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Dinner Tonight: Genovese Minestrone

Minestrone is a spring rite of passage, but it continues into the summer. The first minestrone, with snap peas and asparagus, is beautifully simple. Then as more vegetables are available, the options increase. I'd never tried Genovese minestrone before, but the idea was intriguing: a dollop of pesto goes into the broth, which dissolves into the soup giving it a round, rich, basil-y flavor and an emerald color. The technique, which is also used in nearby regions of France under the moniker Soup au Pistou, is revelatory. A fragrant but subtly flavorful broth suddenly achieves precious, slurp-the-last drop status.

I think the risk with minestrone—or at least the past failures that I've ended up with—is a mush of soft vegetables that no longer taste like themselves. The key is to add them in stages, working backwards from when the soup will be ready. For example, zucchini only needs a few minutes before it turns soft and bitter, but leeks and carrots can stand a longer simmer, and should be cooked that long so they release its flavor into the broth.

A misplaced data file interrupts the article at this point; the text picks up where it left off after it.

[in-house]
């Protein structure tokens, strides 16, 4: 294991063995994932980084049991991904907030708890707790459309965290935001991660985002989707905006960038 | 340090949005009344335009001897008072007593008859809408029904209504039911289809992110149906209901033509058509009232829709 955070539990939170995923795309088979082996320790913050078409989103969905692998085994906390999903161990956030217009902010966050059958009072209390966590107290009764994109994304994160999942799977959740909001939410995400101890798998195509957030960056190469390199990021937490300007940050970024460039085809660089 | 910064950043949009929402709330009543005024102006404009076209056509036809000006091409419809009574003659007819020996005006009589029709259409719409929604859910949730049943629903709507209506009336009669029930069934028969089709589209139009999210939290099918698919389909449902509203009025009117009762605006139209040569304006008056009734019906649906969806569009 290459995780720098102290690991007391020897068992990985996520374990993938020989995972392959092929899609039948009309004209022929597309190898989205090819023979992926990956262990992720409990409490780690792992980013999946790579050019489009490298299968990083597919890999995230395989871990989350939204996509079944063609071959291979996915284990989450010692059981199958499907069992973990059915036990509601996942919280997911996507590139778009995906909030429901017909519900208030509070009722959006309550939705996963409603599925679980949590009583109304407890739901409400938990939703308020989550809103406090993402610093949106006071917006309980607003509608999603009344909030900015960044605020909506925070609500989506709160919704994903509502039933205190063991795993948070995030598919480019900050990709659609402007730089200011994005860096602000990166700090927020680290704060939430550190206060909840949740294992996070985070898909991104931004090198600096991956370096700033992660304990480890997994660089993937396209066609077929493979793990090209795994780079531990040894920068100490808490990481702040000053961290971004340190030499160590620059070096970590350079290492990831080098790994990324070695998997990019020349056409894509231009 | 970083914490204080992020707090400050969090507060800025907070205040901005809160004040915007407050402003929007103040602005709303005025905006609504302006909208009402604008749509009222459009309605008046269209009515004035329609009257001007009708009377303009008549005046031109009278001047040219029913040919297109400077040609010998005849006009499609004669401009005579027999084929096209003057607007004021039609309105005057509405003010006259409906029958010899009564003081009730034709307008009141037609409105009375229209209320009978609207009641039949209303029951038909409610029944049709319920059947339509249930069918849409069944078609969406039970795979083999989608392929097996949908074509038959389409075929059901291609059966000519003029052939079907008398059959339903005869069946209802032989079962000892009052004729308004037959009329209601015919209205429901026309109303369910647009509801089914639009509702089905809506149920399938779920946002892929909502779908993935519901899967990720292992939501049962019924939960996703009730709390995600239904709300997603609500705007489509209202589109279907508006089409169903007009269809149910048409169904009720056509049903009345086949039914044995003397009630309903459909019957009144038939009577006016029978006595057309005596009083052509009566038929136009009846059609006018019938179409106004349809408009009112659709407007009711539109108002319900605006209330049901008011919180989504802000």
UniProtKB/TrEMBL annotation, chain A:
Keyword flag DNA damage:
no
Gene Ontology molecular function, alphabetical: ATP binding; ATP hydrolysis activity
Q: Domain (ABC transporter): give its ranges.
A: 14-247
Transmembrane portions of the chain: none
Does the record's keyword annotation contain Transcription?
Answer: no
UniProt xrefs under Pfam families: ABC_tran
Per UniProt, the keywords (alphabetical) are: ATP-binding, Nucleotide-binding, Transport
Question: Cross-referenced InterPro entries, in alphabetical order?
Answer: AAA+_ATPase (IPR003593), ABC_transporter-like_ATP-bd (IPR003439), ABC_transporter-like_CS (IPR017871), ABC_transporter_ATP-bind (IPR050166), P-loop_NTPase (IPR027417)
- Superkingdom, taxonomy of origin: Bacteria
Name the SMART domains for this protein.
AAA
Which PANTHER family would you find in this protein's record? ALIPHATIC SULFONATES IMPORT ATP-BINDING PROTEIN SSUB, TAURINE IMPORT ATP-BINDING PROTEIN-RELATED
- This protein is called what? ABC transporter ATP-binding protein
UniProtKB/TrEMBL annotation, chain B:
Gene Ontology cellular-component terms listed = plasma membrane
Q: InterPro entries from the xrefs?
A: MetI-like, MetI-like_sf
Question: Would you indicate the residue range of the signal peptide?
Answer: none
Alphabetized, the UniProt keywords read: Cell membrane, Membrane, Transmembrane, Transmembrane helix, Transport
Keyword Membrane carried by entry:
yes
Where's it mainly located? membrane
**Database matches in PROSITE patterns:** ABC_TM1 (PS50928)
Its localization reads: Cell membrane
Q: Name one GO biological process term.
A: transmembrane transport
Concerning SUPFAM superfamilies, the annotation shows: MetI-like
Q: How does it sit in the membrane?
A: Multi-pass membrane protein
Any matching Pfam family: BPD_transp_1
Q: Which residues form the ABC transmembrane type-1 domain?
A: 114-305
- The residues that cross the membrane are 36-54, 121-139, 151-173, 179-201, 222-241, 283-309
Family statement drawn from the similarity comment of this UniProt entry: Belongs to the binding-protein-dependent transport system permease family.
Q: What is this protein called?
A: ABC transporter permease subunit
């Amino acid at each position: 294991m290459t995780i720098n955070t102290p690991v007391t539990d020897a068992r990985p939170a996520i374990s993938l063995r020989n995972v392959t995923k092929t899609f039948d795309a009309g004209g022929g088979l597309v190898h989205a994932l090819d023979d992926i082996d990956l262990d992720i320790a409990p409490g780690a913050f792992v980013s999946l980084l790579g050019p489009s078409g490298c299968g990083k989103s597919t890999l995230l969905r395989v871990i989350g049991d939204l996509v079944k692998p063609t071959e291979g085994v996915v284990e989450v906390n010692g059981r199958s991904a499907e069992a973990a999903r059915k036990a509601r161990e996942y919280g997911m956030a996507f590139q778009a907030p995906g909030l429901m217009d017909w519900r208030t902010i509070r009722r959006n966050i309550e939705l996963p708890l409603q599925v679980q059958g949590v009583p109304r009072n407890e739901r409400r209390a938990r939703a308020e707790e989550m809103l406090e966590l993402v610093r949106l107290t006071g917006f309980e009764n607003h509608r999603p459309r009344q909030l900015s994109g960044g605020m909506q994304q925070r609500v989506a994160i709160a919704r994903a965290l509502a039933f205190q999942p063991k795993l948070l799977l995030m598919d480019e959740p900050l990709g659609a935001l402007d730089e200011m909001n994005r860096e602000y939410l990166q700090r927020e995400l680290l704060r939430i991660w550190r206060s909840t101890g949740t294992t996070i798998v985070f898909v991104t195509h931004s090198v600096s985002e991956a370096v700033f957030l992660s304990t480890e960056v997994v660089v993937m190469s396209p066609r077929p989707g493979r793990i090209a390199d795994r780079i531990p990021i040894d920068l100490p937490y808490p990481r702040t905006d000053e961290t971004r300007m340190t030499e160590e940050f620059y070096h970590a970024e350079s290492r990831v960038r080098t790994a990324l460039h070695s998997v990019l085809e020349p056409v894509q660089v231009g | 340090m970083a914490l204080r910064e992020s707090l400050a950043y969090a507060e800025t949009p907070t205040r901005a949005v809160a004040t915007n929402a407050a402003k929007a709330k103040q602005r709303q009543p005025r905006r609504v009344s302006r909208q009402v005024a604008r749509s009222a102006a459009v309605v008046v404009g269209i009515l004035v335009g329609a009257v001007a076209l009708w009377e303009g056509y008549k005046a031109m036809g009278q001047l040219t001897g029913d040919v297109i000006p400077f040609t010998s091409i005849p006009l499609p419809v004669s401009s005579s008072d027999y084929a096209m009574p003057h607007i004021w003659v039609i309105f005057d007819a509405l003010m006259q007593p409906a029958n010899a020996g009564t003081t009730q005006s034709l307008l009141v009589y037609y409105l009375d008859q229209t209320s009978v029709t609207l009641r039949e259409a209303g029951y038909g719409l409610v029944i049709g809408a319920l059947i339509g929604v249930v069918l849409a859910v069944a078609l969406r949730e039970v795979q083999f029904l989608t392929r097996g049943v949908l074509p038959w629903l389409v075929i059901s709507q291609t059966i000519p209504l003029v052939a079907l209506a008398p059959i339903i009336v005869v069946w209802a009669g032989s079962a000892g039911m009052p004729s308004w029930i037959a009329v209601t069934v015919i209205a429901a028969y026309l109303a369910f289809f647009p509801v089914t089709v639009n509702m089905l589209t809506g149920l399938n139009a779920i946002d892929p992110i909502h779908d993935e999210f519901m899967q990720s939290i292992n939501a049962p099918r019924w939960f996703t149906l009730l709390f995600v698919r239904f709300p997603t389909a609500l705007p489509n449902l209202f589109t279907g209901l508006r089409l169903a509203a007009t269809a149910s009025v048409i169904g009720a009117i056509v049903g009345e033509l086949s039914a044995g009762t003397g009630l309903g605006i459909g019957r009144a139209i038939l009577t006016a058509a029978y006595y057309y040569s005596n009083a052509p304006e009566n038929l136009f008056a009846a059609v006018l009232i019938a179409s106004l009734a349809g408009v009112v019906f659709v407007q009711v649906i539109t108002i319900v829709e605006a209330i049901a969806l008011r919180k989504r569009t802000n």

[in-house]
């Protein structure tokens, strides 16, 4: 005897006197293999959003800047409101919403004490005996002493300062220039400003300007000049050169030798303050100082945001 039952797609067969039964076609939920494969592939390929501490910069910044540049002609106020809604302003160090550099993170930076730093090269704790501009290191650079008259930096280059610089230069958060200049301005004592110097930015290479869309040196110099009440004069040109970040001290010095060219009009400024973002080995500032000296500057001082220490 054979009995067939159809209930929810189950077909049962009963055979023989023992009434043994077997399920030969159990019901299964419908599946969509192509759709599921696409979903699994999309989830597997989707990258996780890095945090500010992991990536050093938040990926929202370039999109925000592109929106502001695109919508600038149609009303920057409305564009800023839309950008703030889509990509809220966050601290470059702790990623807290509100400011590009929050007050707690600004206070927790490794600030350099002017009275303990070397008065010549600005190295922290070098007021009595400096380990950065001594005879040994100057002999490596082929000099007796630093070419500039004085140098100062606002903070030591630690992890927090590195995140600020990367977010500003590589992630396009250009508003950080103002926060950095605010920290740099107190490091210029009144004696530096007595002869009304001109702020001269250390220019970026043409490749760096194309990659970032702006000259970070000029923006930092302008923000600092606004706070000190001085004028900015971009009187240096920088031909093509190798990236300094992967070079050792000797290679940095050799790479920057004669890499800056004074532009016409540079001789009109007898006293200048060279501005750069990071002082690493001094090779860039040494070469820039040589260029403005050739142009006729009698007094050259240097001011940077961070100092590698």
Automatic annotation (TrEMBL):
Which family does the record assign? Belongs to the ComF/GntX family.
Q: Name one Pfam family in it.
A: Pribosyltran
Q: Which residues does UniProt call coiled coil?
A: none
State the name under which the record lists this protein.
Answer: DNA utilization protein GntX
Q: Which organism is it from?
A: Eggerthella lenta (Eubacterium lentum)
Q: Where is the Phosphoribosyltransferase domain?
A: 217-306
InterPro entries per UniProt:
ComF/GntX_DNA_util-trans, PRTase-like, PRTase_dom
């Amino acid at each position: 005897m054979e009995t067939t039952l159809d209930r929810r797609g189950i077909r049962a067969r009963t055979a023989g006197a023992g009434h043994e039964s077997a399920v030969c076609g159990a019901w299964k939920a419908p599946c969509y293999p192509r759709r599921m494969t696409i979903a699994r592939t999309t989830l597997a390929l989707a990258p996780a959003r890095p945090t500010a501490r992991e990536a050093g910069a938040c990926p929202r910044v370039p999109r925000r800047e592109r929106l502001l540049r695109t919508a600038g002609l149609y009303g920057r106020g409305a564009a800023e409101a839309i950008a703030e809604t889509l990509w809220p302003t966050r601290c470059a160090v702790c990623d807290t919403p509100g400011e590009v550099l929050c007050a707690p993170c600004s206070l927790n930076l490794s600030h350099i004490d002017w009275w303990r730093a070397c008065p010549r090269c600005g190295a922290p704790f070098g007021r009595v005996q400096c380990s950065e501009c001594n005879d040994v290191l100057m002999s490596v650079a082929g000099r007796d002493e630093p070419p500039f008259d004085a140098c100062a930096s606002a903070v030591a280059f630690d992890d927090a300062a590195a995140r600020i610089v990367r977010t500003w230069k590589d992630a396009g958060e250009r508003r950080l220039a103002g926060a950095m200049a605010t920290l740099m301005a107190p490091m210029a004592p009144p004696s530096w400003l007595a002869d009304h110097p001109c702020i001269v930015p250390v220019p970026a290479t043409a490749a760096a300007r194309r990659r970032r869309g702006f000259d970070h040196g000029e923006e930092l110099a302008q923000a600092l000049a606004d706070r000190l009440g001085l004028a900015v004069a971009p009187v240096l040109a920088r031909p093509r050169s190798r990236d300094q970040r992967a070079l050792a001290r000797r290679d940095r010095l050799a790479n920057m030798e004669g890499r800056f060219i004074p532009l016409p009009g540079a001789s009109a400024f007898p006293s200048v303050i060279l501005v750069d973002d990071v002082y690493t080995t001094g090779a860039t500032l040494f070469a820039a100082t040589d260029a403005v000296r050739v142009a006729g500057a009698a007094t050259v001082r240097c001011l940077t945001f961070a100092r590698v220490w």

The vegetables used are truly adaptable, but here's a basic outline. Go with what looks best at the market. Italians tend to add small pasta to thicken the soup; potatoes are another good way of stretching it with starch. White beans, a more French approach, are a nice way to also add protein.

About the author: Blake Royer founded The Paupered Chef with Nick Kindelsperger, where he writes about food and occasional travels. He is currently living for the year in Tartu, Estonia.

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